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LA clergy sex abuse cases settled for $10 million

LOS ANGELES -- A Roman Catholic religious order and the Los Angeles Archdiocese will pay $10 million to settle allegations of clergy sexual abuse, according to representatives of those involved.

The Carmelite order will pay most of the settlement to seven people, including two who said they were sexually molested at Crespi Carmelite High School in Encino. The archdiocese will contribute about 5 percent, a church spokesman said.

"We are encouraged by every settlement, and we hope every one leads to another," said J. Michael Hennigan, a lawyer who represents the church in Los Angeles.

Defendants included the Rev. Dominic Savino, 67, a Carmelite priest who was fired as the school's president and suspended from the priesthood in 2002 after allegations surfaced that he had molested boys in the 1970s.

Former school principal John Knoernschild and two other members of the order not associated with the school were also named.

John C. Manly, a victims' lawyer, complimented the Carmelites "for stepping up and doing the right thing," but said no amount of money could make up for the damage inflicted by the sexual abuse.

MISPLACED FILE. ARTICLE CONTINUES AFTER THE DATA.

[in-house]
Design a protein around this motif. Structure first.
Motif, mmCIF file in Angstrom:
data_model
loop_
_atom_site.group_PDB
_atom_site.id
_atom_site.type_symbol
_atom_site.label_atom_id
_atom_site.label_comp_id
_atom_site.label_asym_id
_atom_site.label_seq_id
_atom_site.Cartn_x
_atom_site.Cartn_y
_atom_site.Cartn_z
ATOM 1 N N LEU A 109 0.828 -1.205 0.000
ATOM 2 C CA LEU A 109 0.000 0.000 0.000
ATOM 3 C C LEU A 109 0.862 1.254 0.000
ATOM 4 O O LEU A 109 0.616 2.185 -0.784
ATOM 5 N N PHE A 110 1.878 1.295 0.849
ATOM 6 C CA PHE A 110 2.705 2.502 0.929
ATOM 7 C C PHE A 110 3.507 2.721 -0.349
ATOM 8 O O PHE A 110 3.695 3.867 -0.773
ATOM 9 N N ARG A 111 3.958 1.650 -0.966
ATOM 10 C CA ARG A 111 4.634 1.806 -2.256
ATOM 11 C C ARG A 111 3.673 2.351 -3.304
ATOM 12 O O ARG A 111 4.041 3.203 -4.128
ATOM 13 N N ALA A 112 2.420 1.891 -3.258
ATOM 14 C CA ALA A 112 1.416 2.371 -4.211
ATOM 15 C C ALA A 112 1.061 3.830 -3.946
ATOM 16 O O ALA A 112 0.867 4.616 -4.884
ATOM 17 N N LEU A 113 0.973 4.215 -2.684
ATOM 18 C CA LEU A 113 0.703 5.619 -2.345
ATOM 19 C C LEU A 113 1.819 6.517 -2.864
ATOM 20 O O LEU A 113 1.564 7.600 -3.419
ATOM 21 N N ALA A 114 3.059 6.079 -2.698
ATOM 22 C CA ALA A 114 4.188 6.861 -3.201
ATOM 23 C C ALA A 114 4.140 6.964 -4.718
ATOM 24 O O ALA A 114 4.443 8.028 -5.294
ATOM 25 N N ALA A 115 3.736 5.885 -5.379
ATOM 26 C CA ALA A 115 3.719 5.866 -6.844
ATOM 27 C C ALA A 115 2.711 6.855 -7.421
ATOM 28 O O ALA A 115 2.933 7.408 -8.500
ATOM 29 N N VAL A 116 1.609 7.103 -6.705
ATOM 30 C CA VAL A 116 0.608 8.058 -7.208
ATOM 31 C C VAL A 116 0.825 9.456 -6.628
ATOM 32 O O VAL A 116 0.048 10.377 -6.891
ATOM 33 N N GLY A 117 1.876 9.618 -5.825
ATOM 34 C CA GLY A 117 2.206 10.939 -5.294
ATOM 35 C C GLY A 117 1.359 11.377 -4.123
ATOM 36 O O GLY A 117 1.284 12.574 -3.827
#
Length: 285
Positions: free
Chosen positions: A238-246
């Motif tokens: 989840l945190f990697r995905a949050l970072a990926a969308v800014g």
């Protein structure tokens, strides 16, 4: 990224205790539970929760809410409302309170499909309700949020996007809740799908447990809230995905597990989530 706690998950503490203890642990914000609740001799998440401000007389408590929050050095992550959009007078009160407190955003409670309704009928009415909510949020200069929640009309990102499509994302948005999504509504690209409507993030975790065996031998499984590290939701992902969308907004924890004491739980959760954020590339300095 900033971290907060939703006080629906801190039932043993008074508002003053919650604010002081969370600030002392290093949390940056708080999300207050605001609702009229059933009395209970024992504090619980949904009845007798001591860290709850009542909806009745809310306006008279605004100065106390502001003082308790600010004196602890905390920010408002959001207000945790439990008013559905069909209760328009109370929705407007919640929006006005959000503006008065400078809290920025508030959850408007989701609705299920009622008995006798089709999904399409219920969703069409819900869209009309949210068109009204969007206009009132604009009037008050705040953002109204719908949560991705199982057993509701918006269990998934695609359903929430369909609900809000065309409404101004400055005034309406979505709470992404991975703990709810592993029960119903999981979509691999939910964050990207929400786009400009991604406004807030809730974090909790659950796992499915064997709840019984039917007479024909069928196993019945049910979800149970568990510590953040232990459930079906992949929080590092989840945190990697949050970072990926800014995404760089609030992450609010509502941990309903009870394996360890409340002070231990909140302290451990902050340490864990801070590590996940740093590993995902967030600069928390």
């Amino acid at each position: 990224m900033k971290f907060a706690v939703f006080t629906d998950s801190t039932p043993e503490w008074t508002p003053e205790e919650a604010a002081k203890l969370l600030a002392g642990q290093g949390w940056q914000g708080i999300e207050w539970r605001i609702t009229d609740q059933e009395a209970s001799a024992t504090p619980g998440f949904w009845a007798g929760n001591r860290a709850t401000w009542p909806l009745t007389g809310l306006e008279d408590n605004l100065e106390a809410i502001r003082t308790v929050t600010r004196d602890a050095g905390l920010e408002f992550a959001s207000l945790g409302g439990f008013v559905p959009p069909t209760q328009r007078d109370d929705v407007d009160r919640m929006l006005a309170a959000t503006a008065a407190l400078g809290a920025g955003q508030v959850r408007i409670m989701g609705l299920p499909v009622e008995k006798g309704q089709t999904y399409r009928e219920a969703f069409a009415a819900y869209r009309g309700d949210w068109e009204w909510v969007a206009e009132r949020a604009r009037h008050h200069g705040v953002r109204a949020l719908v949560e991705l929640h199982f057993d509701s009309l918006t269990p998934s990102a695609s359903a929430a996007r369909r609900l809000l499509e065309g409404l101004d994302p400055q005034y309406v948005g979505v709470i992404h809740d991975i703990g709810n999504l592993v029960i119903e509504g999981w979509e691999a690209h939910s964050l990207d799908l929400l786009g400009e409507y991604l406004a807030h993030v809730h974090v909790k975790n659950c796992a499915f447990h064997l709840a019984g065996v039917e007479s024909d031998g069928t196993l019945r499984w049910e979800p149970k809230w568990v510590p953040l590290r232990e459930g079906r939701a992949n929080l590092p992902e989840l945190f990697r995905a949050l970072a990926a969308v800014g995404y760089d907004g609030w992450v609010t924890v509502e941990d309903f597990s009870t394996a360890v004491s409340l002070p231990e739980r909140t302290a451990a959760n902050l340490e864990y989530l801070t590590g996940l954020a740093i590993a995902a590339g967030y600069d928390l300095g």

"It's been a long, hard road for the victim," he said of one of his clients.

The Carmelites ousted Savino shortly after a woman reported to the Los Angeles Archdiocese's hot line that he had abused her twin sons during a 1979 field trip.

The seven Carmelite cases are dwarfed by more than 560 unresolved allegations by people who say they were abused by Catholic priests in Southern California over the past 70 years. That litigation has been pending for years as dozens of lawyers try to agree on a settlement.

Savino originally went to the all-boys school in 1977 as a part-time counselor. He left in 1986 to pursue a doctorate in psychology, then returned in 1995.

The US Conference of Catholic Bishops announced this week that it will vote next month on a proposal to release $335,000 of the $1 million earmarked for research on sexual abuse by clergy. The money would fund the first three parts of a study being conducted by the John Jay College of Criminal Justice in New York.

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